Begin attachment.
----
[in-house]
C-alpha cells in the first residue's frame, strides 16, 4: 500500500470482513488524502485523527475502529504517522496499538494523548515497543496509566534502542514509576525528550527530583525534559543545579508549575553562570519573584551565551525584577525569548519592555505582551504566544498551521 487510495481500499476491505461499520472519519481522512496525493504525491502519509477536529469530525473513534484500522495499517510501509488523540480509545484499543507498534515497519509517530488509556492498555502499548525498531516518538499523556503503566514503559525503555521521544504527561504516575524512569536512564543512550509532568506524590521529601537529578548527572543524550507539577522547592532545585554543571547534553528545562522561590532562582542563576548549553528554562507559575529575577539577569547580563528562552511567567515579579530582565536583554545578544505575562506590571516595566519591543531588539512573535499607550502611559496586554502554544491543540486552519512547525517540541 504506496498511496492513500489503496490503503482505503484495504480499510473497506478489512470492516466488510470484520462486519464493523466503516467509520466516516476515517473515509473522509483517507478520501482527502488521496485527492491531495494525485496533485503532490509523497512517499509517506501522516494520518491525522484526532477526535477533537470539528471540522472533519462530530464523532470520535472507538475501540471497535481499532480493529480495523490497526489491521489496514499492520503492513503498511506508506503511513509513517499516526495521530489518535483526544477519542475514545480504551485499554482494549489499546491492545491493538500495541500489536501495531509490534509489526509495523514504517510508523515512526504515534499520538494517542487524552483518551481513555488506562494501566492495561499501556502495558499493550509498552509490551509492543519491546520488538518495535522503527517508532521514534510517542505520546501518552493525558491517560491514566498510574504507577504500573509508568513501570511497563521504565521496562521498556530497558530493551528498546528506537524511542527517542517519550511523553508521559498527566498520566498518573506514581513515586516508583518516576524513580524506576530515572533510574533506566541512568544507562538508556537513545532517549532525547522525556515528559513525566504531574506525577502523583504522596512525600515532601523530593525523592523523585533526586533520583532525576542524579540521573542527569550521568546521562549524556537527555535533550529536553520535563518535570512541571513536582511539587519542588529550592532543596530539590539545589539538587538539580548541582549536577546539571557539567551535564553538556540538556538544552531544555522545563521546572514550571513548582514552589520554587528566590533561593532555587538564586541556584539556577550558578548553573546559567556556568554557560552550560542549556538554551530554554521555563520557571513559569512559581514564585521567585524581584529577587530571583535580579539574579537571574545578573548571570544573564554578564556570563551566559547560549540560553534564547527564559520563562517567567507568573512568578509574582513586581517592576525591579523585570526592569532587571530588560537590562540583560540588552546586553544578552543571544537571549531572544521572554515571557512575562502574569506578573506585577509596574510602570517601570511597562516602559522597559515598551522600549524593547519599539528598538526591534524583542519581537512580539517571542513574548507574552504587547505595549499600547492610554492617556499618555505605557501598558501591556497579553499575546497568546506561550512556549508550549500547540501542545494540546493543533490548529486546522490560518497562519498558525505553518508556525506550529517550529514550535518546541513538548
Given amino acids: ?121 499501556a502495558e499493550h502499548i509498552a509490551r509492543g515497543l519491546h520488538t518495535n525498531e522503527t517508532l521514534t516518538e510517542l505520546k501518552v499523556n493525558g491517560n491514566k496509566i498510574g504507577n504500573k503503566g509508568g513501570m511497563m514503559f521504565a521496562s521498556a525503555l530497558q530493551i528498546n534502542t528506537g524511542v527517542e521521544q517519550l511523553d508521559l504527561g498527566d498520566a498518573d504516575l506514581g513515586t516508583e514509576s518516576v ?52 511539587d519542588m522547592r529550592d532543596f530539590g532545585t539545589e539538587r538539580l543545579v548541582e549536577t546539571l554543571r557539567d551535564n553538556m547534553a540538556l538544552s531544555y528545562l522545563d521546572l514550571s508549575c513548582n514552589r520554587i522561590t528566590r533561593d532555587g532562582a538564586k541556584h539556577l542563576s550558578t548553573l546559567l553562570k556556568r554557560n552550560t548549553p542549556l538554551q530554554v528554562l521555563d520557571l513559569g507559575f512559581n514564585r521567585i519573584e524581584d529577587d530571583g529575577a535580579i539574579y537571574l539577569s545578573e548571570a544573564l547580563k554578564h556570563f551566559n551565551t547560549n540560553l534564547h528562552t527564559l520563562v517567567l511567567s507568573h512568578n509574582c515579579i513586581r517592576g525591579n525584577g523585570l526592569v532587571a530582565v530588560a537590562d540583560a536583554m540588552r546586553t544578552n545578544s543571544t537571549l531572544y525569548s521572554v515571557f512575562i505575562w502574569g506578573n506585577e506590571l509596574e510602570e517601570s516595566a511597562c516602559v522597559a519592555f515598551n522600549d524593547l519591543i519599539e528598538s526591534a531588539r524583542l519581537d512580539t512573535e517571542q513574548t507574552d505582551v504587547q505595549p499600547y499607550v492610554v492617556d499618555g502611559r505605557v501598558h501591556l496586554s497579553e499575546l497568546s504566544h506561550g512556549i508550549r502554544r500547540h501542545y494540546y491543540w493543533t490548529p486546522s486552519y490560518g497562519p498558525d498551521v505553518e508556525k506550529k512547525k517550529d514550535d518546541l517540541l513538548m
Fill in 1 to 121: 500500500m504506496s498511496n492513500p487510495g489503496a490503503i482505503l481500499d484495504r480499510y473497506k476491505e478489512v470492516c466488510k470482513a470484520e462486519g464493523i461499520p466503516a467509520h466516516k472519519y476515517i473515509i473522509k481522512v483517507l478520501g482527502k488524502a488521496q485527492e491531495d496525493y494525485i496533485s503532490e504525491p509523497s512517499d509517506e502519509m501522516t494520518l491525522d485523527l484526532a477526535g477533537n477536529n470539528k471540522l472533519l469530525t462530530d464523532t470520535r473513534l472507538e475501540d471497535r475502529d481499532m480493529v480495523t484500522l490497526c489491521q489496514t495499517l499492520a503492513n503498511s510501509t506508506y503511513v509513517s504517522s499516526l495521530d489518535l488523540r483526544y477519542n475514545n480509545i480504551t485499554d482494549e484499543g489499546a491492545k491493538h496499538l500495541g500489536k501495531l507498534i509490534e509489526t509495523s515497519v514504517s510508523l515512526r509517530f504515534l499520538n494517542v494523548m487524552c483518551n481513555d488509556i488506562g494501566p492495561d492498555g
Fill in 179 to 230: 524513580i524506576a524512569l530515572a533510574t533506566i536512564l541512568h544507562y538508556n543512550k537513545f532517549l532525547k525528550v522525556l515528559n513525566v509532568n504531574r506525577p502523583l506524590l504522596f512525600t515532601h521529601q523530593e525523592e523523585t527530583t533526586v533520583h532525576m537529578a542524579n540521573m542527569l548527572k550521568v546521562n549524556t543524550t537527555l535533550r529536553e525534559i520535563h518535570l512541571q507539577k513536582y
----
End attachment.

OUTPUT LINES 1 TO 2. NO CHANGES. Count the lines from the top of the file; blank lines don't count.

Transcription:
[in-house]
C-alpha cells in the first residue's frame, strides 16, 4: 500500500470482513488524502485523527475502529504517522496499538494523548515497543496509566534502542514509576525528550527530583525534559543545579508549575553562570519573584551565551525584577525569548519592555505582551504566544498551521 487510495481500499476491505461499520472519519481522512496525493504525491502519509477536529469530525473513534484500522495499517510501509488523540480509545484499543507498534515497519509517530488509556492498555502499548525498531516518538499523556503503566514503559525503555521521544504527561504516575524512569536512564543512550509532568506524590521529601537529578548527572543524550507539577522547592532545585554543571547534553528545562522561590532562582542563576548549553528554562507559575529575577539577569547580563528562552511567567515579579530582565536583554545578544505575562506590571516595566519591543531588539512573535499607550502611559496586554502554544491543540486552519512547525517540541 504506496498511496492513500489503496490503503482505503484495504480499510473497506478489512470492516466488510470484520462486519464493523466503516467509520466516516476515517473515509473522509483517507478520501482527502488521496485527492491531495494525485496533485503532490509523497512517499509517506501522516494520518491525522484526532477526535477533537470539528471540522472533519462530530464523532470520535472507538475501540471497535481499532480493529480495523490497526489491521489496514499492520503492513503498511506508506503511513509513517499516526495521530489518535483526544477519542475514545480504551485499554482494549489499546491492545491493538500495541500489536501495531509490534509489526509495523514504517510508523515512526504515534499520538494517542487524552483518551481513555488506562494501566492495561499501556502495558499493550509498552509490551509492543519491546520488538518495535522503527517508532521514534510517542505520546501518552493525558491517560491514566498510574504507577504500573509508568513501570511497563521504565521496562521498556530497558530493551528498546528506537524511542527517542517519550511523553508521559498527566498520566498518573506514581513515586516508583518516576524513580524506576530515572533510574533506566541512568544507562538508556537513545532517549532525547522525556515528559513525566504531574506525577502523583504522596512525600515532601523530593525523592523523585533526586533520583532525576542524579540521573542527569550521568546521562549524556537527555535533550529536553520535563518535570512541571513536582511539587519542588529550592532543596530539590539545589539538587538539580548541582549536577546539571557539567551535564553538556540538556538544552531544555522545563521546572514550571513548582514552589520554587528566590533561593532555587538564586541556584539556577550558578548553573546559567556556568554557560552550560542549556538554551530554554521555563520557571513559569512559581514564585521567585524581584529577587530571583535580579539574579537571574545578573548571570544573564554578564556570563551566559547560549540560553534564547527564559520563562517567567507568573512568578509574582513586581517592576525591579523585570526592569532587571530588560537590562540583560540588552546586553544578552543571544537571549531572544521572554515571557512575562502574569506578573506585577509596574510602570517601570511597562516602559522597559515598551522600549524593547519599539528598538526591534524583542519581537512580539517571542513574548507574552504587547505595549499600547492610554492617556499618555505605557501598558501591556497579553499575546497568546506561550512556549508550549500547540501542545494540546493543533490548529486546522490560518497562519498558525505553518508556525506550529517550529514550535518546541513538548